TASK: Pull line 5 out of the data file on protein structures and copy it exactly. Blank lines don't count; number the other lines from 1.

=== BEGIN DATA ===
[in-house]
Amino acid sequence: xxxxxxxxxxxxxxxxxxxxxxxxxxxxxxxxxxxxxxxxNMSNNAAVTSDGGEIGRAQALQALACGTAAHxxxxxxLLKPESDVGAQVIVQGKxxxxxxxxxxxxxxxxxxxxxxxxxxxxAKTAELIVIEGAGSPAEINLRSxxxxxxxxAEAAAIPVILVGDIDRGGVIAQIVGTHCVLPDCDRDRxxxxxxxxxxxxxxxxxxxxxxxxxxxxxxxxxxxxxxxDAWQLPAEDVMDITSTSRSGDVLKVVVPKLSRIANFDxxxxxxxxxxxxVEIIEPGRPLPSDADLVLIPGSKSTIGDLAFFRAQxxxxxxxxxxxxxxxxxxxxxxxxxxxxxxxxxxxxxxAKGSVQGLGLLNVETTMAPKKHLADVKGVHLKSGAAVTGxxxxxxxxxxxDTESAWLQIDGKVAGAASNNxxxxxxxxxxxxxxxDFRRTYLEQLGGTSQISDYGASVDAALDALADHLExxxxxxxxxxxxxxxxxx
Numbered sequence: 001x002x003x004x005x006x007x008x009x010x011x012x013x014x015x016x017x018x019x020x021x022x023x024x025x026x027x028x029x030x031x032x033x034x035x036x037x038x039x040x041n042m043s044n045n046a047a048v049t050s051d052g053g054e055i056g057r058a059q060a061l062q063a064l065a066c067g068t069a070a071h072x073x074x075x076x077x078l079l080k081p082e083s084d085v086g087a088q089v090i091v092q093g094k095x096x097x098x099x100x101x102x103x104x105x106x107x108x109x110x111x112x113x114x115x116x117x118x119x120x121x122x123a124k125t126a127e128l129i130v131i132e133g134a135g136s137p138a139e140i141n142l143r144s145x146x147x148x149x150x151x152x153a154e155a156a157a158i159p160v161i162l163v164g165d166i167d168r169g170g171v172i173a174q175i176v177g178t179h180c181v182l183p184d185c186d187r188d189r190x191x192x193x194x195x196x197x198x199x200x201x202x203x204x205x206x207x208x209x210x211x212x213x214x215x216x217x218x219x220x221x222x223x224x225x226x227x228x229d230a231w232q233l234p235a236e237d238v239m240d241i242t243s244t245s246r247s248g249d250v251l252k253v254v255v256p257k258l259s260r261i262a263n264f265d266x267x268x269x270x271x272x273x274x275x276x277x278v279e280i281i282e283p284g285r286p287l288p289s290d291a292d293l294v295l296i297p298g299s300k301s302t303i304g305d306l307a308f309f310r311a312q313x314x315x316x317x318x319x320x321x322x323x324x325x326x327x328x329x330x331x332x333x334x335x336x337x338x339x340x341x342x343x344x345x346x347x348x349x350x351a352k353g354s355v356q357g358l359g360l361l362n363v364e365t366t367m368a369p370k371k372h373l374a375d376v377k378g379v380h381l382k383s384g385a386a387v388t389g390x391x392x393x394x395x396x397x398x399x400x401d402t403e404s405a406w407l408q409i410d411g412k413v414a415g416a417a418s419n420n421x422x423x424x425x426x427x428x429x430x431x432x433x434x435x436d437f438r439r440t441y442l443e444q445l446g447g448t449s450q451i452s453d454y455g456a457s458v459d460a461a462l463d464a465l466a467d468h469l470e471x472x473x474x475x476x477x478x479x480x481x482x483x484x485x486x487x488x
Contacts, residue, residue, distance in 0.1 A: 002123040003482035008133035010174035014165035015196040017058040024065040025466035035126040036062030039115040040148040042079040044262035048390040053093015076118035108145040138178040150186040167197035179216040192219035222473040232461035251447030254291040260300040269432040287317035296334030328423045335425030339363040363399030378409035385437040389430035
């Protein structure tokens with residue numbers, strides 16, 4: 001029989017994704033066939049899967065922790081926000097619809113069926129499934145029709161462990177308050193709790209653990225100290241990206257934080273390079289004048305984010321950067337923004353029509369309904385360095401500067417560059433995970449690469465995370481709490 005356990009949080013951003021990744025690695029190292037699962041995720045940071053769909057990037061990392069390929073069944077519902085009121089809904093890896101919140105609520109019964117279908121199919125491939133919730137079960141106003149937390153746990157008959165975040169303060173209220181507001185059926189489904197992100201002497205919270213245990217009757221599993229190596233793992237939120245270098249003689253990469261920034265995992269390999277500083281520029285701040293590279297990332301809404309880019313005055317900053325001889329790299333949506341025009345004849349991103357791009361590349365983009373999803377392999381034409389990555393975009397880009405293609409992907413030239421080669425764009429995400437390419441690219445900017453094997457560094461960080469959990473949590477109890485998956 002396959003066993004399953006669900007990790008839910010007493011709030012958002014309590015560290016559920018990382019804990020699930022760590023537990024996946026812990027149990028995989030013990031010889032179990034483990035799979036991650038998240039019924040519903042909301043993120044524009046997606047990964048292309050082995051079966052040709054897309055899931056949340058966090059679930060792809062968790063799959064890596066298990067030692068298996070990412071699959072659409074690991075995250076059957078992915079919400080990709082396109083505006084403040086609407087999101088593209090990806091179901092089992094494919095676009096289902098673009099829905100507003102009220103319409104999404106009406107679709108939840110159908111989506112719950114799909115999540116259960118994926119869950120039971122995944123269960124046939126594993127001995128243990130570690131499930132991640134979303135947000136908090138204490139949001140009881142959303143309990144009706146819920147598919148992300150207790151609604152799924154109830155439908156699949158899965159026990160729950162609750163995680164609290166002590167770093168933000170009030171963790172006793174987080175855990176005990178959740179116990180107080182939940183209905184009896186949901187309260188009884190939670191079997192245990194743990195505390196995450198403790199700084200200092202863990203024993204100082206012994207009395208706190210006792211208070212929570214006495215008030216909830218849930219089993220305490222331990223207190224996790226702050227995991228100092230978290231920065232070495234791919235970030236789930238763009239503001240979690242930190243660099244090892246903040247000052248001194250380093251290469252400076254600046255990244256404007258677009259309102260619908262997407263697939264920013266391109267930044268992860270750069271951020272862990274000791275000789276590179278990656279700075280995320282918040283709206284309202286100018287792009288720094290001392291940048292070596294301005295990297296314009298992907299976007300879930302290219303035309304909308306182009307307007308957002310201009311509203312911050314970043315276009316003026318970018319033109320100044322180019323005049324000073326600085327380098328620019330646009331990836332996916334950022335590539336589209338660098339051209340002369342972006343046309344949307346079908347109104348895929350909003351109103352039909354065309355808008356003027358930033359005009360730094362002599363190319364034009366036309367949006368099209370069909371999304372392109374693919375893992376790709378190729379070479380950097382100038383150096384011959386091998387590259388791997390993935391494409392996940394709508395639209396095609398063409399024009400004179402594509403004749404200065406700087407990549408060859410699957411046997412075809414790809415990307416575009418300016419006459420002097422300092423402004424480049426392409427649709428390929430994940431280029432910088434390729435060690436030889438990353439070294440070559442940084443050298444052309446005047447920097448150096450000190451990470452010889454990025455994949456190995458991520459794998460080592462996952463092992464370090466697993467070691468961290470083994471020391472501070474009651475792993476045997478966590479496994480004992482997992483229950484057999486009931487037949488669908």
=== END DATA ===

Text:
């Protein structure tokens with residue numbers, strides 16, 4: 001029989017994704033066939049899967065922790081926000097619809113069926129499934145029709161462990177308050193709790209653990225100290241990206257934080273390079289004048305984010321950067337923004353029509369309904385360095401500067417560059433995970449690469465995370481709490 005356990009949080013951003021990744025690695029190292037699962041995720045940071053769909057990037061990392069390929073069944077519902085009121089809904093890896101919140105609520109019964117279908121199919125491939133919730137079960141106003149937390153746990157008959165975040169303060173209220181507001185059926189489904197992100201002497205919270213245990217009757221599993229190596233793992237939120245270098249003689253990469261920034265995992269390999277500083281520029285701040293590279297990332301809404309880019313005055317900053325001889329790299333949506341025009345004849349991103357791009361590349365983009373999803377392999381034409389990555393975009397880009405293609409992907413030239421080669425764009429995400437390419441690219445900017453094997457560094461960080469959990473949590477109890485998956 002396959003066993004399953006669900007990790008839910010007493011709030012958002014309590015560290016559920018990382019804990020699930022760590023537990024996946026812990027149990028995989030013990031010889032179990034483990035799979036991650038998240039019924040519903042909301043993120044524009046997606047990964048292309050082995051079966052040709054897309055899931056949340058966090059679930060792809062968790063799959064890596066298990067030692068298996070990412071699959072659409074690991075995250076059957078992915079919400080990709082396109083505006084403040086609407087999101088593209090990806091179901092089992094494919095676009096289902098673009099829905100507003102009220103319409104999404106009406107679709108939840110159908111989506112719950114799909115999540116259960118994926119869950120039971122995944123269960124046939126594993127001995128243990130570690131499930132991640134979303135947000136908090138204490139949001140009881142959303143309990144009706146819920147598919148992300150207790151609604152799924154109830155439908156699949158899965159026990160729950162609750163995680164609290166002590167770093168933000170009030171963790172006793174987080175855990176005990178959740179116990180107080182939940183209905184009896186949901187309260188009884190939670191079997192245990194743990195505390196995450198403790199700084200200092202863990203024993204100082206012994207009395208706190210006792211208070212929570214006495215008030216909830218849930219089993220305490222331990223207190224996790226702050227995991228100092230978290231920065232070495234791919235970030236789930238763009239503001240979690242930190243660099244090892246903040247000052248001194250380093251290469252400076254600046255990244256404007258677009259309102260619908262997407263697939264920013266391109267930044268992860270750069271951020272862990274000791275000789276590179278990656279700075280995320282918040283709206284309202286100018287792009288720094290001392291940048292070596294301005295990297296314009298992907299976007300879930302290219303035309304909308306182009307307007308957002310201009311509203312911050314970043315276009316003026318970018319033109320100044322180019323005049324000073326600085327380098328620019330646009331990836332996916334950022335590539336589209338660098339051209340002369342972006343046309344949307346079908347109104348895929350909003351109103352039909354065309355808008356003027358930033359005009360730094362002599363190319364034009366036309367949006368099209370069909371999304372392109374693919375893992376790709378190729379070479380950097382100038383150096384011959386091998387590259388791997390993935391494409392996940394709508395639209396095609398063409399024009400004179402594509403004749404200065406700087407990549408060859410699957411046997412075809414790809415990307416575009418300016419006459420002097422300092423402004424480049426392409427649709428390929430994940431280029432910088434390729435060690436030889438990353439070294440070559442940084443050298444052309446005047447920097448150096450000190451990470452010889454990025455994949456190995458991520459794998460080592462996952463092992464370090466697993467070691468961290470083994471020391472501070474009651475792993476045997478966590479496994480004992482997992483229950484057999486009931487037949488669908």